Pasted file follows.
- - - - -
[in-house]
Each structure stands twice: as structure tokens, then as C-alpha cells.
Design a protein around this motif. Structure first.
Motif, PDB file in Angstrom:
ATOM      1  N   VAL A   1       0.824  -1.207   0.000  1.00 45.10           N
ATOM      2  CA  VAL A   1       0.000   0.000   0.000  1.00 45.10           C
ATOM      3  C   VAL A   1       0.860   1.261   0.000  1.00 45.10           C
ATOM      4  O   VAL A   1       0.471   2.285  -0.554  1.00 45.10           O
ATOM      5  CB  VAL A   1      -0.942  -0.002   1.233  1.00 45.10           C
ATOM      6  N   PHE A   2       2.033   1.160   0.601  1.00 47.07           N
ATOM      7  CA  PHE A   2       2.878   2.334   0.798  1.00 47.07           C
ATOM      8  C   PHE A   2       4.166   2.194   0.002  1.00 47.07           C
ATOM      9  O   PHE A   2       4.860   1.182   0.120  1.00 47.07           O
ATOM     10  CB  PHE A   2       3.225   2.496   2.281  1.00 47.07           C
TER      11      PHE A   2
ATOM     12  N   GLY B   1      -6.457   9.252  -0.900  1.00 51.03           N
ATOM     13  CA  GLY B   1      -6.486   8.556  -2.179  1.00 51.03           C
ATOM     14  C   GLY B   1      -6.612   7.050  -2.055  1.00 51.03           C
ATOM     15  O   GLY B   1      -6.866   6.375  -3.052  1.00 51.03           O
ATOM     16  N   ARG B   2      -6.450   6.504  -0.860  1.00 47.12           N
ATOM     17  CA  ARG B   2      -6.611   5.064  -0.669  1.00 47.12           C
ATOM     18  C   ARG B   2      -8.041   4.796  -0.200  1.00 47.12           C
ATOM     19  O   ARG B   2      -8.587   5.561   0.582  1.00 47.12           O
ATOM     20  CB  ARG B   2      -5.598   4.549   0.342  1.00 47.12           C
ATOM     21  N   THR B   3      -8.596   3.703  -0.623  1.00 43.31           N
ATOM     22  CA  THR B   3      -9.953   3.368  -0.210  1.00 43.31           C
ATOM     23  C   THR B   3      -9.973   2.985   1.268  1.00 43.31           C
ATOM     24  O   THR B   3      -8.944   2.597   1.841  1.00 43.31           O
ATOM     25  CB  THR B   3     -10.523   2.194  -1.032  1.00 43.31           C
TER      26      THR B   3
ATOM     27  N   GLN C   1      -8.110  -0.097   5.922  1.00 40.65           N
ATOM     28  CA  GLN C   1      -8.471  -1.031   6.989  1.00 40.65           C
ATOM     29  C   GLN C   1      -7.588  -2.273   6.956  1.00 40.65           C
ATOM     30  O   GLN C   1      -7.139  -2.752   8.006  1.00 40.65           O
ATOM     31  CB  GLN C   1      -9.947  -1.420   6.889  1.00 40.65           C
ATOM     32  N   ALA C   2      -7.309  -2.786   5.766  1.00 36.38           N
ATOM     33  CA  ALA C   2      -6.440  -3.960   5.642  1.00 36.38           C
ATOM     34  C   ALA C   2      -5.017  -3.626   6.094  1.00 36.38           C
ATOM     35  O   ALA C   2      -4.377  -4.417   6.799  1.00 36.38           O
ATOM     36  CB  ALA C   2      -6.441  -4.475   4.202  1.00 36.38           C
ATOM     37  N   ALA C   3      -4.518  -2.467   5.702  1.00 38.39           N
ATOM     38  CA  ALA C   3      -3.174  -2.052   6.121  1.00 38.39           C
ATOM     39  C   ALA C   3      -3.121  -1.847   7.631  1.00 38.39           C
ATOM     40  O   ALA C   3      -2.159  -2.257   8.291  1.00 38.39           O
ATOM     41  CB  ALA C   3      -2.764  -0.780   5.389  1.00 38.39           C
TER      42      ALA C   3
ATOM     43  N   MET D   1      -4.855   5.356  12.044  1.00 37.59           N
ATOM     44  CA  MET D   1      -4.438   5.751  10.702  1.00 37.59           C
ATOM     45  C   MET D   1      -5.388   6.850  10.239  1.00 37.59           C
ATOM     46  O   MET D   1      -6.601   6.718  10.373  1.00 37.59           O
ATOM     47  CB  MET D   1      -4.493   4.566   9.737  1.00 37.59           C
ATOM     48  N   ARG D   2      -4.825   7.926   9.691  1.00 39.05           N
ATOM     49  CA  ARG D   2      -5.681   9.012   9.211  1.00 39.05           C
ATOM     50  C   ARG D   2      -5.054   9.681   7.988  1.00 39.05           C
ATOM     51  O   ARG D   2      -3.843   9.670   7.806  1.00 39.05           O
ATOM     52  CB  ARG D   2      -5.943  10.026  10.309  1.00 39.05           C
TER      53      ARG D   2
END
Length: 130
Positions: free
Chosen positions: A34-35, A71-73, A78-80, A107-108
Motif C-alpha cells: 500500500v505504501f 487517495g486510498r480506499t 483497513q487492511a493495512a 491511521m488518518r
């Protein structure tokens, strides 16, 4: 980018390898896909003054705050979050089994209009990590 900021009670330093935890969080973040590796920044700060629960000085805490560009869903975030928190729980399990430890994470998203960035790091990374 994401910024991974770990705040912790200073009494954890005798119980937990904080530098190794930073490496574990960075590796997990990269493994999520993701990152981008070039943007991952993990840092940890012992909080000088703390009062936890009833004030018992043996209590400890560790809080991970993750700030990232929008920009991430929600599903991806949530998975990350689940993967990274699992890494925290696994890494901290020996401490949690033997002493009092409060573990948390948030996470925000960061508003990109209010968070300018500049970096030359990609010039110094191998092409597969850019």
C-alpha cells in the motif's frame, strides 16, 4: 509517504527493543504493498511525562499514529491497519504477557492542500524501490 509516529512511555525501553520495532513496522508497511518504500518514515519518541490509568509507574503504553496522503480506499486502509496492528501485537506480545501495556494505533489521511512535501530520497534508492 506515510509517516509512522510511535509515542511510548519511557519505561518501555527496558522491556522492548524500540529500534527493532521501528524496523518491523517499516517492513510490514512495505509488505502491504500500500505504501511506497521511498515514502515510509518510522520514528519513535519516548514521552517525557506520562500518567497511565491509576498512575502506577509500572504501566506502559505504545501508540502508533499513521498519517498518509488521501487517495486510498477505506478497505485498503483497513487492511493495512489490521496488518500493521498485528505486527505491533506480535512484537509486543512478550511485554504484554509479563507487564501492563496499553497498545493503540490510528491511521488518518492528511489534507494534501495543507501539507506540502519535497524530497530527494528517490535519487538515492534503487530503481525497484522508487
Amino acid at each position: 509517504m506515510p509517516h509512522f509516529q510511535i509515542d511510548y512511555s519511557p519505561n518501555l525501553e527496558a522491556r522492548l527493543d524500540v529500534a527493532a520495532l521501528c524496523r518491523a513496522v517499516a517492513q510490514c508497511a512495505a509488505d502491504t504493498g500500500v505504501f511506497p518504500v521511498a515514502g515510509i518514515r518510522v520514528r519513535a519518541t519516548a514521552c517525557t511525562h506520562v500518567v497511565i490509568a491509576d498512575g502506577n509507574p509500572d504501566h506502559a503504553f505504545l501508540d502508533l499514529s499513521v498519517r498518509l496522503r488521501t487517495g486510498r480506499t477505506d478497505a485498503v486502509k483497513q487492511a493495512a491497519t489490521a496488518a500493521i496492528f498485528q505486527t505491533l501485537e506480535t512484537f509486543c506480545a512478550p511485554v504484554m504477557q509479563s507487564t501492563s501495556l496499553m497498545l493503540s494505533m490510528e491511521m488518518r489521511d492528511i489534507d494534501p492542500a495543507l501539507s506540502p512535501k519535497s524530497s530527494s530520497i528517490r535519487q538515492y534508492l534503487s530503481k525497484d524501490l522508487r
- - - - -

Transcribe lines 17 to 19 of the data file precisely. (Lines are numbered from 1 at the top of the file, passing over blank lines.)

ATOM     13  CA  GLY B   1      -6.486   8.556  -2.179  1.00 51.03           C
ATOM     14  C   GLY B   1      -6.612   7.050  -2.055  1.00 51.03           C
ATOM     15  O   GLY B   1      -6.866   6.375  -3.052  1.00 51.03           O